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Lecture 5: River Water Quality

(Jan 16th, 2015)

by Dr. Arun Kumar (

Objective: To introduce river water quality

concepts and fundamentals

January 15, 2015 Arun Kumar 1

Previous class
• Discussion on parameters
– Pathogens
– Inorganic ions
– Heavy metals
– Organic compounds
– Suspended solids
– Excess nutrients
Implications of wastewater discharge
on river water quality
• What happens when wastewater is discharged in river?
• Which parameter to study first?
• How to track trend of important parameter with time and
distance along the movement of river?
• What other parameters to measure?
Dissolved oxygen (DO)
• Important for aquatic species-need some minimum level of
• Important for aquatic plants
• Lack of DO can result in development of anaerobic
conditions which can be result in anaerobic breakdown;
generation of methane and carbon dioxide
Dissolved oxygen (DO)
• What are factors that affect the amount of dissolved oxygen
concentration in a river?
• What is the approximate dissolved oxygen concentration in
a healthy natural water body?
• Which are the steps in developing a DO sag curve?
• How is the lowest DO concentration point in the sag curve
• If there was no change in the waste addition in a stream
throughout the year, will the DO be higher in winter or
Effect of Oxygen Demanding
Wastes on Rivers
• Amount of dissolved oxygen (DO) in water is the most
commonly used indicator of a river’s health.
• The solubility of oxygen depends on temperature,
pressure, and salinity and the dissolved oxygen
concentration in a healthy stream ranges from 7-9 mg/L.
• As DO drops below 4 or 5 mg/L the forms of life that can
survive begin to be reduced.
• In an extreme case, when anaerobic conditions exist,
most higher forms of life are killed.
(Source: Environmental Science: A Global Concern, 3rd ed. by W.P Cunningham and B.W. Saigo, WC Brown Publishers, © 1995)

Dissolved Oxygen Depletion

Factors Affecting Amount of DO
Available in Rivers
• Oxygen demanding wastes affect available DO
• Tributaries bring their own oxygen supply
• Photosynthesis adds DO during the day but the
same plants remove oxygen at night
• Respiration of organisms living in water as well as in
sediments remove oxygen
• In the summer rising temperatures reduce solubility
of oxygen
• In the winter oxygen solubility increases, but ice may
form blocking access to new atmospheric oxygen
Modeling DO in a River
• To model all the effects and their
interaction is a difficult task
• The simplest model focuses on two
– The removal of oxygen by microorganisms
during biodegradation (de-oxygenation)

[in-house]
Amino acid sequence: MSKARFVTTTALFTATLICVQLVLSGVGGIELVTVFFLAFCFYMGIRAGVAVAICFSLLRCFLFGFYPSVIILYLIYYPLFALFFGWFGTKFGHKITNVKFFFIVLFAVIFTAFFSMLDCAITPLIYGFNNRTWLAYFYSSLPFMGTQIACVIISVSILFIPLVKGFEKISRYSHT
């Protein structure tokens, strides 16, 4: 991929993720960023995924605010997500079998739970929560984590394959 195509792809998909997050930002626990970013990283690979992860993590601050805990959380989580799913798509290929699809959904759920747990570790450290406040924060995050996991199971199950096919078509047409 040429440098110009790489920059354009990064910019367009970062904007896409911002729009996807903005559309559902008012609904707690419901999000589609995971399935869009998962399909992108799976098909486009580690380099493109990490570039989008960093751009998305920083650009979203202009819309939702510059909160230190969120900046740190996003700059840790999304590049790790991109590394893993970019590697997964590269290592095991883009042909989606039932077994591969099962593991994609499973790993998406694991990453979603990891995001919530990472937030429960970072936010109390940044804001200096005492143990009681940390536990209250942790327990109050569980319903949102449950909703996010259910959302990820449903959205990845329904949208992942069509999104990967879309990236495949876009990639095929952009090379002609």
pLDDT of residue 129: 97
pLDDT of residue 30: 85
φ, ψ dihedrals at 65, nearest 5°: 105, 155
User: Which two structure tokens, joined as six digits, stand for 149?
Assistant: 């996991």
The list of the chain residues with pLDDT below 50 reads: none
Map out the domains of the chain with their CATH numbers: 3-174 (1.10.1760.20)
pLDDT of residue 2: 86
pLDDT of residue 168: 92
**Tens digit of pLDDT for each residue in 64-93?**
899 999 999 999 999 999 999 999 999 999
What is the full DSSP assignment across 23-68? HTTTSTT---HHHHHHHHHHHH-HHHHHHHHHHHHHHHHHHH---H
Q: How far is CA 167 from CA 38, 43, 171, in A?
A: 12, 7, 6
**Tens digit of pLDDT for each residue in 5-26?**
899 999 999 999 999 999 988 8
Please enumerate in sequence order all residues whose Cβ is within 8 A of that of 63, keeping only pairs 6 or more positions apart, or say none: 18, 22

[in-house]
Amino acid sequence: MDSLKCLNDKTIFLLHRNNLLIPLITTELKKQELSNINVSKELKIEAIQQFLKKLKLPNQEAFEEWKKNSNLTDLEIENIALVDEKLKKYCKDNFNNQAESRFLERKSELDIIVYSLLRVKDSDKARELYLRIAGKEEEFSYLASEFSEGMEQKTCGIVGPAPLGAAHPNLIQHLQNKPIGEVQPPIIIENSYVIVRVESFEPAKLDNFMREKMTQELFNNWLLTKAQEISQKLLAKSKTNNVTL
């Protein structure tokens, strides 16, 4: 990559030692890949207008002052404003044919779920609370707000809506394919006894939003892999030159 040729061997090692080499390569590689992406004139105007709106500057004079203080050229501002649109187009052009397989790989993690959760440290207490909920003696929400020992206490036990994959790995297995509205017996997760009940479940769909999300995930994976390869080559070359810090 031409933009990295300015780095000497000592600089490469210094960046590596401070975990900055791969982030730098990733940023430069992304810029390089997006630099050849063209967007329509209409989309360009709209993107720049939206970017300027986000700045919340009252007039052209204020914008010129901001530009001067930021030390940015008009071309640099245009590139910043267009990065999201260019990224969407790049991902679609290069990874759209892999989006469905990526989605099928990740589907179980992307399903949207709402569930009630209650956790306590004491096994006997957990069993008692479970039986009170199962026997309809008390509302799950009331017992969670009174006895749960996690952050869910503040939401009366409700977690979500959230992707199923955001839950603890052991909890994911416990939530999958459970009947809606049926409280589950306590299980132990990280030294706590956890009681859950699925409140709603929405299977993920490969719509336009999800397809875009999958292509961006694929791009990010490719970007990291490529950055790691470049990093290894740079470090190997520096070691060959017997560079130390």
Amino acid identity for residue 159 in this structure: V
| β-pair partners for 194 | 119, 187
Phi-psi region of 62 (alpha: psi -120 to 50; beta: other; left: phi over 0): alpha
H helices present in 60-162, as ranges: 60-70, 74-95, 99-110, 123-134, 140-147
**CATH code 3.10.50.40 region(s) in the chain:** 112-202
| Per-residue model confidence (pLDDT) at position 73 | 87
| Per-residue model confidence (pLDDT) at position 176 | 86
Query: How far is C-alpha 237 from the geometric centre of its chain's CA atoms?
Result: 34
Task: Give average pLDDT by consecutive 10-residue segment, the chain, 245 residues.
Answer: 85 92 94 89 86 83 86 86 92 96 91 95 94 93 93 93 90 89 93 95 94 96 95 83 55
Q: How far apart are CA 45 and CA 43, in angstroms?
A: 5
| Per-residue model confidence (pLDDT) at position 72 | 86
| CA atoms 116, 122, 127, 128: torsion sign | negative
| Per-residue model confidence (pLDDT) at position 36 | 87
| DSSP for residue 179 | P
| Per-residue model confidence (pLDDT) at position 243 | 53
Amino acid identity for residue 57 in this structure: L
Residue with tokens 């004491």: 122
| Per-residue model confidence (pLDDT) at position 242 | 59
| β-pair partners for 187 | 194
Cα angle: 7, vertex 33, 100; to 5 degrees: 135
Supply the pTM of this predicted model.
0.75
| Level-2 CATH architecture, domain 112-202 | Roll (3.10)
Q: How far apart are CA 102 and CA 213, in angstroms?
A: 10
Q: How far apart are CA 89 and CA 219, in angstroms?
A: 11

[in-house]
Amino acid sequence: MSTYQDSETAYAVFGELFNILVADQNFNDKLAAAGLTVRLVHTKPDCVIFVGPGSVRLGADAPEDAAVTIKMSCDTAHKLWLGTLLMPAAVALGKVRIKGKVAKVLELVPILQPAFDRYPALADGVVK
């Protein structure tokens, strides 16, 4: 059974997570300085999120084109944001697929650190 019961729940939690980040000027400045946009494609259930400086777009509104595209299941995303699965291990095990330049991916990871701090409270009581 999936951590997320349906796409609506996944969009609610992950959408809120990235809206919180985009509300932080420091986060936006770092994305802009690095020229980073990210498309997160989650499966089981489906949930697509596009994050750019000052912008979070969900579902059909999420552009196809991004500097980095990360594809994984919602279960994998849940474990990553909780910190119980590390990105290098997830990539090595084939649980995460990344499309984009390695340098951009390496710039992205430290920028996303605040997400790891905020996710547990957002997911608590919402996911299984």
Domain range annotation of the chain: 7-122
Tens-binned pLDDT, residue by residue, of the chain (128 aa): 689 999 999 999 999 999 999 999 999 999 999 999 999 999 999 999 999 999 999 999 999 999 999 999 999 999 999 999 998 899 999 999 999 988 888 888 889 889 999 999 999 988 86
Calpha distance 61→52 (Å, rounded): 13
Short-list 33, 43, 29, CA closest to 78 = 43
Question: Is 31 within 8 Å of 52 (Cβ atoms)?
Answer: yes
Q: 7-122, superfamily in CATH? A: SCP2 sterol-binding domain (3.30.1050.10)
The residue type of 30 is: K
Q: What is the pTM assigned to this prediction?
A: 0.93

– The replenishment of oxygen at the
interface between the river and the
atmosphere (re-aeration)
Dissolved Oxygen Sag Curve
Mass Balance Approach
• River described as “plug-flow reactor”

• Mass balance
• Oxygen is depleted by BOD exertion (de-
• Oxygen is gained through re-aeration
Steps in Developing the DO Sag Curve
1. Determine the initial conditions
2. Determine the de-oxygenation rate from
BOD test and stream geometry
3. Determine the re-aeration rate from
stream geometry
4. Calculate the DO deficit as a function of
5. Calculate the time and deficit at the
critical point (worst conditions)
1. Determine Initial Conditions

Mass Balance for Initial Mixing

Qw = waste flow (m3/s)

DOw = DO in waste (mg/L)
Lw = BOD in waste (mg/L)

Qr = river flow (m3/s) Qmix = combined flow (m3/s)

DOr = DO in river (mg/L) DO = mixed DO (mg/L)
Lr = BOD in river (mg/L) La = mixed BOD (mg/L)
1. Determine Initial Conditions

a. Initial dissolved oxygen concentration:

QwDOw + Qr DOr
DO =
Qw + Qr
b. Initial DO deficit:
Da = DOs − DO

Da=initial DO deficit (mg/L)
DOs=saturation DO conc.(mg/L)
1. Determine Initial Conditions

Therefore, the initial deficit after mixing is

Qw DOw + Qr DOr
Da = DOs −
where Da is the initial deficit (mg/L)

Note: DOs is a function of temperature,

atmospheric pressure, and salinity. Values
of DOs are found in tables.
1. Determine Initial Conditions

Solubility of Oxygen in Water

(DOs = DOsaturation)
DOs is a function of temperature, atmospheric pressure
and salinity
1. Determine Initial Conditions

c. Initial ultimate BOD concentration:

If, the BOD data for the waste or river are in
terms of BOD5, calculate L for each

1 − e −kt
Therefore, initial ultimate BOD concentration

Qw Lw + Qr Lr
La =
Qw + Qr
2. Determine de-oxygenation rate

2. Determine De-oxygenation Rate

rate of de-oxygenation = kdLt

where: kd = de-oxygenation rate coefficient (day-1)

Lt = ultimate BOD remaining at time (of
travel down-stream) t

− kd t
If kd (stream) = k (BOD test) and Lt = L0 e

rate of de - oxygentation = k d L0e − kd t

3. Determine re-aeration rate

3. Determine Re-aeration Rate

rate of re-aeration = kr D

kr = re-aeration constant (time -1)

D = dissolved oxygen deficit (DOs-DO)
DOs = saturated value of oxygen
DO = actual dissolved oxygen at a given
location downstream
3. Determine re-aeration rate

• O’Connor-Dobbins correlation:
1/ 2
kr = 3/ 2
where kr = re-aeration coefficient @ 20ºC (day-1)
u = average stream velocity (m/s)
h = average stream depth (m)
• Correct rate coefficient for stream temperature
k r = k r , 20 ΘT − 20
where Θ = 1.024
4. Calculate DO deficit as a function of time

4. DO as function of time (Streeter-Phelps

equation or oxygen sag curve)
• Rate of increase of DO deficit = rate of
deoxygenation – rate of reaeration
= k d Lt − k r D
• Solution is:
k d Lo − kd t
Dt =
kr − kd
( ) ( )
e − e − k r t + Da e − kr t
4. Calculate critical time and DO

5. Calculate Critical time and DO

Critical Point = point where steam conditions are at their worst

1  kr  k r − k d 
tc = ln  1 − Da 
kr − kd  kd  k d La 

k d La − kd tc
Dc =
kr − ka
e ( )
− e − kr tc + Da e − k r tc

D = dissolved oxygen deficit

Example 1

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